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By Kerry-Ann Hamilton
Director of Strategic Communications and Marketing
University Communications
October 3, 2011      
PepsiCo CEO Shares Candid Perspectives on Life and Leadership

PepsiCo Chairman and CEO Indra Nooyi visited Howard University on Monday, Oct. 3, for an executive lecture in the School of Business Auditorium. Photographs by Justin D. Knight.

WASHINGTON – PepsiCo Chairman and CEO Indra Nooyi spent Monday morning at Howard sharing life lessons and recounting her uncharted path to success as a woman, a person of color and as an immigrant.

More than 200 students, faculty and staff convened in the School of Business auditorium for the CEO executive lecture. Yuvay Meyers, Ph.D., assistant professor of marketing, joined Nooyi on stage for an Oprah-style one-on-one interview covering a range of topics from life to leadership.

The audience followed the interview with a Q&A session. A smaller group of honors, international and graduate students were treated to an intimate roundtable with the top exec about career, sources of inspiration and work ethic.

Nooyi told the future leaders about the “Cs” she lives by.

“To be a leader, you must be competent at something; be courageous and confident; be able to communicate; be consistent, do not go with the wind and have a moral compass that points true north,” she said.

Nooyi is both personable and professional. Ranked among the most powerful people by Forbes, she is the architect of PepsiCo’s multi-year strategy. The busy executive reads several books a week, keeps up with the Yankees, and cooks for her family on the weekend – all with the BlackBerry within reach. PepsiCo is the world’s largest portfolio of billion-dollar food and beverage brands, including 19 separate product lines that generate more than $1 billion in annually.

Nooyi, a former college rock band member and cricket player, admits that the sought after and elusive work-life balance is a challenge at best under the pressure of “ungodly work hours.” But she encouraged students to “create their own version offun.”

“Mrs. Nooyi did not provide cookie cutter answers, but provided insight into the pitfalls of managing life as a CEO and a mom,” Meyers said. “Our students gained great lessons and advice about being successful leaders with integrity.”

Students were also implored to become owners, not employees at their respective firms.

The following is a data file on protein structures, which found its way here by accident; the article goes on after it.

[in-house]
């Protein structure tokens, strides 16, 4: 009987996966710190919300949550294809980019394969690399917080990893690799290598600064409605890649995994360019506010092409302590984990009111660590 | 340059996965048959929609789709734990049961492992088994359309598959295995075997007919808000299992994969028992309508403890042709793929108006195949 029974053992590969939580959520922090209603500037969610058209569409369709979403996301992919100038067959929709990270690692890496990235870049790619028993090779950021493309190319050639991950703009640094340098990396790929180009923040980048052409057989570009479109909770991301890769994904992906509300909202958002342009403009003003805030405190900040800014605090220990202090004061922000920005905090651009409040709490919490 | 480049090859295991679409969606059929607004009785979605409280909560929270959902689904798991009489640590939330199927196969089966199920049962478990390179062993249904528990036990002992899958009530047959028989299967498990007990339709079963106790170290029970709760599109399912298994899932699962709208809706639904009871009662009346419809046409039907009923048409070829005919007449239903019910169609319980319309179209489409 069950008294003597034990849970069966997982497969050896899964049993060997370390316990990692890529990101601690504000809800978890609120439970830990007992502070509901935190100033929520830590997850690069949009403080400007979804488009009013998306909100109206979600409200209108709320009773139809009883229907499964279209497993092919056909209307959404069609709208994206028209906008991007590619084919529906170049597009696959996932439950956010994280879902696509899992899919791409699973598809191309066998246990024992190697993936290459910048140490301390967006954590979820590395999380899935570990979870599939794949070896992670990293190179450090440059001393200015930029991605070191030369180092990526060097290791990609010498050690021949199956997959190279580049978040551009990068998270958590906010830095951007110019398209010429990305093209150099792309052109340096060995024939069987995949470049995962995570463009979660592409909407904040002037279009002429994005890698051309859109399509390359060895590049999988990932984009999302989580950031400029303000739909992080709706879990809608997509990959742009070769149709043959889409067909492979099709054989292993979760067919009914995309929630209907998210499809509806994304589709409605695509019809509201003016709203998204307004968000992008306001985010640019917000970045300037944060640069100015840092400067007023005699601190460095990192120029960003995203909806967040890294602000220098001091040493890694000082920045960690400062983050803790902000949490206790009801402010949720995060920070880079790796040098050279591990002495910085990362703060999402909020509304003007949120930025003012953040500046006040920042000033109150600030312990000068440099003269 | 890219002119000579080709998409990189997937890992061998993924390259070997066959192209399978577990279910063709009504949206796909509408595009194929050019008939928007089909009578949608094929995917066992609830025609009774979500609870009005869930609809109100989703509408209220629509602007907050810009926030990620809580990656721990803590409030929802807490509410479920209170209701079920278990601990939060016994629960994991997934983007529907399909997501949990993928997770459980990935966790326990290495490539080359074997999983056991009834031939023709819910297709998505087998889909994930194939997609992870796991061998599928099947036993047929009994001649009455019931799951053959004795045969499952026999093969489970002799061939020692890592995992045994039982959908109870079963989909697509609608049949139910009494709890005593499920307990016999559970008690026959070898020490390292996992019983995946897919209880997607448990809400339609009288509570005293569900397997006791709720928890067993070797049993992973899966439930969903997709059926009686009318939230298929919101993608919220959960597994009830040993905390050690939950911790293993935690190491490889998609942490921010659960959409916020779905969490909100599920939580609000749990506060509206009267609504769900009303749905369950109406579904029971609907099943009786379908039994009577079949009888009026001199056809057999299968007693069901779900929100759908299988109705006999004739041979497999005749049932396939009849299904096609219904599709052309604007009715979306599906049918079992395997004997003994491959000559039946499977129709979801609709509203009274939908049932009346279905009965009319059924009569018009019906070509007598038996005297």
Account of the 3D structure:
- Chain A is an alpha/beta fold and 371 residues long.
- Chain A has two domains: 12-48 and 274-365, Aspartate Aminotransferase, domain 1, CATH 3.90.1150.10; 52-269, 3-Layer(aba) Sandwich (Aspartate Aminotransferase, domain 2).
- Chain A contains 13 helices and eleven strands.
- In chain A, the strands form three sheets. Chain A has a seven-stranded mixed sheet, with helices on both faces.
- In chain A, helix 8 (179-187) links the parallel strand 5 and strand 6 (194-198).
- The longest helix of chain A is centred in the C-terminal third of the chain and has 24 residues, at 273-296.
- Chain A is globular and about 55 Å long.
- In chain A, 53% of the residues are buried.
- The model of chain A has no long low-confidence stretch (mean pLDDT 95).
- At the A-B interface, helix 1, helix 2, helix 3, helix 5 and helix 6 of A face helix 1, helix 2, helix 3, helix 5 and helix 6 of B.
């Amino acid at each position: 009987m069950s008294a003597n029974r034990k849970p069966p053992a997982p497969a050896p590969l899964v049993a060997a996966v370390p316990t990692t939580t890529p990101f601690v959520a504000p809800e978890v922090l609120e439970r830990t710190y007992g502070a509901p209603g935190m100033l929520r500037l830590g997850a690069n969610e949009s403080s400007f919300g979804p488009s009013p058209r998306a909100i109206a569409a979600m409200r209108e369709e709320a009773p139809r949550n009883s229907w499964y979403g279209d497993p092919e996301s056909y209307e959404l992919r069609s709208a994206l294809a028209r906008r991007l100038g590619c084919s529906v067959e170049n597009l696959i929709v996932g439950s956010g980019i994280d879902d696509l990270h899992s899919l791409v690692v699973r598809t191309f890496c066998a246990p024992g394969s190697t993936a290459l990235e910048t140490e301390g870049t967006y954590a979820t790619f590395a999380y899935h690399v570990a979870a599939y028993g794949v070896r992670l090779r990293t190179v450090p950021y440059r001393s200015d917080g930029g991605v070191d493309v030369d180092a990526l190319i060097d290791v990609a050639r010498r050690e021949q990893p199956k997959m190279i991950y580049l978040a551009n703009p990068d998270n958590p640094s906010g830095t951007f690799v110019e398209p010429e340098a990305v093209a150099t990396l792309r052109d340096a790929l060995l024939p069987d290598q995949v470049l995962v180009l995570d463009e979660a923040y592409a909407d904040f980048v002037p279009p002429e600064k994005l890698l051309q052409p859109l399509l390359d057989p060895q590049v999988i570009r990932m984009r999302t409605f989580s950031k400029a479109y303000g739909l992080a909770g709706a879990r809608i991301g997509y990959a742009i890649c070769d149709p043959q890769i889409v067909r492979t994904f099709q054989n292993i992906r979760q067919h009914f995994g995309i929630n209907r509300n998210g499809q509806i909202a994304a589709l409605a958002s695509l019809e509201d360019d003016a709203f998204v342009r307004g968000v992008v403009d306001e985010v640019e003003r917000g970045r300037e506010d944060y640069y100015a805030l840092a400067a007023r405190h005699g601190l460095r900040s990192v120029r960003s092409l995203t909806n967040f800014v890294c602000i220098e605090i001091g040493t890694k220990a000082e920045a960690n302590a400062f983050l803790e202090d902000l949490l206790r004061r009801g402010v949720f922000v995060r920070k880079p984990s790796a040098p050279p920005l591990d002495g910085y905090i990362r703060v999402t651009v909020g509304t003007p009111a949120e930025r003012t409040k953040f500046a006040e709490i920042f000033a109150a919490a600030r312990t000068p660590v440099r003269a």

“I don’t work for PepsiCo. I am PepsiCo,” Nooyi said. “If you are a janitor in a firm, zoom out and see your role in the enterprise, then zoom in and be the best janitor possible.”

Young business leaders were told to look at people two to three levels above them in a firm. “Study how they speak, carry themselves and how they manage…You don’t want to obsess about the next job. Nail the job you have first.”

She added, “You want to be aware of the politics in your organization, but don’t play into it.”

As a global company with more than 185,000 employees in 200 countries, Nooyi said she is committed to community and company.

“I truly believe in capitalism with a conscience,” said the Indian-born American. “I grew up without running water and remember my parents having to get water when city valves opened at 2 or 3 in the morning. We filled every pot in our home and got our ration of water for the day.”

Today, as a leader of PepsiCo, she takes prides in the corporate commitment to providing two liters of water for every liter of water used in a developing country. The corporation also trains farmers on irrigation and agricultural best practices to maximize water use and minimize waste.

“I was intrigued by her extraordinary presence,” said senior psychology major Nykeeba Brown from Mandeville, Jamaica. “What resonated with me the most was her humility and that she has not forgotten her humble beginnings as a girl in India and her appreciation of the seemingly small aspect of her world.”

Born Indra Krishnamurthy in Madras, now called Chennai, Nooyi joined PepsiCo in 1994 as a chief strategist. She was named President and CEO in October 2006 and assumed the role of Chairman in May 2007. She earned a bachelor of science from Madras Christian College, an MBA from the Indian Institute of Management in Calcutta and a Master of Public and Private Management from Yale University.

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